"It is the fight of our lives," she said. "At the end of the day, we will prevail."

California Attorney General Kamala Harris, whose decision not to defend Prop 8 in court partly led to the legal wrangling over whether the Yes on 8 campaign had standing to bring forward the federal case, said she will be asking the country's 49 other state attorneys general to join with her in filing an amicus brief with the Supreme Court asking it to uphold the lower courts' decisions.

"I have to believe this court will do the right thing," Harris told reporters at the City Hall press conference.

She noted that as same-sex couples have been waiting for Prop 8 to be overturned, "babies have been born, family members have died." She said it is "outrageous" that a group of Americans is denied the same rights that their fellow citizens enjoy.

"I have to believe this court will do the right thing," said Harris, who married gay and lesbian couples back in 2004 when she served as San Francisco's district attorney.

Pointing to the U.S Constitution's proclamation that all Americans "are created equal," Harris said the question facing the nine justices is if they will apply that truism to LGBT citizens.

"If we are true to our ideals, we will allow same-sex couples to marry," said Harris.

As for the standing issue in the case, she said it is "the weaker of the two" questions the court will be grappling with.

The standing issue in both the Prop 8 case and the New York Defense of Marriage Act case is likely of concern to the court's more conservative justices, surmised Stewart, as it strikes at the heart of states' rights. They have viewed Article III in the Constitution "narrowly," said Stewart, and may disagree with both the circuit court's and the California Supreme Court's rulings granting standing in the case to the antigay groups.

"I think they are very skeptical of letting people who don't have a real injury come into court and want jurisdiction. It is taking away power from the states," she said.

The court tends to issue its landmark rulings in June, raising the likelihood that its decision on marriage equality will be announced during Pride month.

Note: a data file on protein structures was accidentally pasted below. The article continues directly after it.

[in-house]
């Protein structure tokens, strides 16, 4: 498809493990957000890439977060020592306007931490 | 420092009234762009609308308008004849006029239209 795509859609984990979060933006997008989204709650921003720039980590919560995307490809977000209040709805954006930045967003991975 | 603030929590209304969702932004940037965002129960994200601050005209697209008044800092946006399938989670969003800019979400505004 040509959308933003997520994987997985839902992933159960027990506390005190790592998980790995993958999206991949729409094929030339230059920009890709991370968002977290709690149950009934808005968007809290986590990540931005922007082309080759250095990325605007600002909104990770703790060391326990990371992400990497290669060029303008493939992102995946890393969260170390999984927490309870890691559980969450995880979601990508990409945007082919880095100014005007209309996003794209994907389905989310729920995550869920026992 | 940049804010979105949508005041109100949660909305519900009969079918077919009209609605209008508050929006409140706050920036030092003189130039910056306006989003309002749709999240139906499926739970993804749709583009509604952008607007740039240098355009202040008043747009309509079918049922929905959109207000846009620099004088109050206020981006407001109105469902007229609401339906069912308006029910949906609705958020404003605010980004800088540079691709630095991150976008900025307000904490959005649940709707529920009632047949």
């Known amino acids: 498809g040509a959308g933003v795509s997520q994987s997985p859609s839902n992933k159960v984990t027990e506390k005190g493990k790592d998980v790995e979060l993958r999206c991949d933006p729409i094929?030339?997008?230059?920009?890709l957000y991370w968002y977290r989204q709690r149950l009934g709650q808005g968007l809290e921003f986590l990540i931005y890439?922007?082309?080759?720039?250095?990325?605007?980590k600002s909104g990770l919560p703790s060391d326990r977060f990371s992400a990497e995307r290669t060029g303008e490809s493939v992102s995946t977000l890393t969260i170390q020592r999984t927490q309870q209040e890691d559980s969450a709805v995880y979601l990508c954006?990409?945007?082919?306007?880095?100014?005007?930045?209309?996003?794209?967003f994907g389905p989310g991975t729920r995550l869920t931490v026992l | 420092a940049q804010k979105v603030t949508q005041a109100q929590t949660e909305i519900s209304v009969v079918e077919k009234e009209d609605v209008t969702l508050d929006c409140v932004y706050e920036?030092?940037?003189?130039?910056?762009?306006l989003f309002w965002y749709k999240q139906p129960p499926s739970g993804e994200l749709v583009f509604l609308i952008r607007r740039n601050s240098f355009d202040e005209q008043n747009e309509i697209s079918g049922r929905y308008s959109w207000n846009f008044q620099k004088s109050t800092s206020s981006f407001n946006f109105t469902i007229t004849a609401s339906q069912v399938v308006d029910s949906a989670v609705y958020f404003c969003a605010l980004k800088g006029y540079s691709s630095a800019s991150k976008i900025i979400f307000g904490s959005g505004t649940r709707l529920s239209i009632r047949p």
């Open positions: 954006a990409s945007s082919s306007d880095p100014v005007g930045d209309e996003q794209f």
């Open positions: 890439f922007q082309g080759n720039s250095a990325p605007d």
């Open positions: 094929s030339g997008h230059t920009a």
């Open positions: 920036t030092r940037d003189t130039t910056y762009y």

"The timing could be auspicious, as the end of June corresponds with worldwide Pride celebrations," noted John Lewis, who with his spouse, Stuart Gaffney, was party to the California same-sex marriage case that led to the ballot fight over Prop 8.

"If we get good news in June, then the celebration is already planned," added Gaffney.

LGBT leaders vowed to carry on their fight for equal rights, even if they are not successful legally.

"Same-sex marriage is going to be a reality throughout this country," said gay District 9 Supervisor David Campos, who opted not to marry his partner of 16 years, Phil class=st> Hwang, prior to the 2008 vote due to his running for a board seat that year.

"This battle is for from over," added City Treasurer Jose Cisneros, who has been with his partner, Mark Kelleher, 21 years.

They did not marry in 2008 or in 2004 and have not decided if they would next year if the opportunity arises.

"That is a decision we will make when we have the option to marry," Cisneros told the Bay Area Reporter . "The fight continues. What is comes down to is this is a long way from being done or over."

Gay District 8 Supervisor Scott Wiener also suggested that the LGBT community would return to the ballot box to overturn Prop 8 should the Supreme Court uphold the law.

"We will do it the old fashioned way – democratically," he said.

Should it come to that, Herrera predicted that voters would undue Prop 8.

"If it was on the ballot again, the result would be quite different," he said.